Career Profile: Msc Physicians Associate
1. Name: Gabriel Baluyut
2. Course: MSc Physicians Associate
3. A Levels: Biology, Psychology, English Literature & EPQ (Ankylosing Spondylitis)
4. Your undergraduate degree: BSc Genetics + 2 online courses in Personalised Medicine and Clinical Neurology
5. Journey in 3 words: Failures. Exhausting. Perseverance. That is the reality of it! We’re keeping it real here! ;)
6. What motivated you to pursue a career in science?
Coming from a Filipino family and having a Philippines background – I knew I’ll either end up as an engineer or do something in the science field. Though throughout my education, I have always been the type of person to go with the flow and do something that I enjoy. That is why I decided to go into the ‘science’ route. I wasn’t motivated nor I was forced to go into it. It was just that science is something I really enjoy.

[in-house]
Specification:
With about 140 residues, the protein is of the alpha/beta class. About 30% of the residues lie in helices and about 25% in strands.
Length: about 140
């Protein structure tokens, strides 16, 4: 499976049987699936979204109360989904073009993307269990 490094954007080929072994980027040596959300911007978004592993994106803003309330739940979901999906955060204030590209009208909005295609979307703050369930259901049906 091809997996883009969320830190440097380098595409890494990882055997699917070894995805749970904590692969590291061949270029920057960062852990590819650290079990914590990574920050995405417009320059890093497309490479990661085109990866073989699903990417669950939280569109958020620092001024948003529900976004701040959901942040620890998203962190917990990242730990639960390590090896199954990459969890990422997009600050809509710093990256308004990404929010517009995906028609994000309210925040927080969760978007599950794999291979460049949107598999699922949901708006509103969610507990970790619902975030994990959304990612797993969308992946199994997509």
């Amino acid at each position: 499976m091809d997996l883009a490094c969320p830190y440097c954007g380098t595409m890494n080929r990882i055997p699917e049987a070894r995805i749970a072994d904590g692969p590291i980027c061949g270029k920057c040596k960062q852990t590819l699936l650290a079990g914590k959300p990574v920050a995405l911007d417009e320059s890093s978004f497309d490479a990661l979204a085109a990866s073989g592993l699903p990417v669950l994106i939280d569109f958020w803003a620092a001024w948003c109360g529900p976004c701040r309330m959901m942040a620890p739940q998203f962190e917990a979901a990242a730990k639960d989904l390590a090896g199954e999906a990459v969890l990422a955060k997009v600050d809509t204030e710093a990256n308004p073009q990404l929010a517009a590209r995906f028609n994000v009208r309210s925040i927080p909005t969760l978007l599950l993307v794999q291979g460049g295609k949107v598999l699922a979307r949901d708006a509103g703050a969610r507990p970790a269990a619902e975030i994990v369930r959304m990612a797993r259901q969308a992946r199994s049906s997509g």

Now if you ask me why I pursued a career in ‘medicine’, it’s because I stand by Desmond Doss’ principles. He refused to kill an enemy soldier or carry a weapon in combat, during his service at Guam and the Philippines; also most famously known for his heroic medic act on Hacksaw Ridge. One of his quotes was "With the world so set on tearing itself apart, it don't seem like such a bad thing to me, to want to put a little bit of it back together." I really believe in this! I want to help people and I know that one person alone cannot change the world, but a community can. A career in medicine will help me find that community and I will foster and grow with that community. I know it'll take me a few years, and that there are many challenges scattered ahead of me before I reach my goal, but each will provide an opportunity for growth and reflection. For now, I will continue to seek out opportunities - to build my knowledge and experience on the medical field.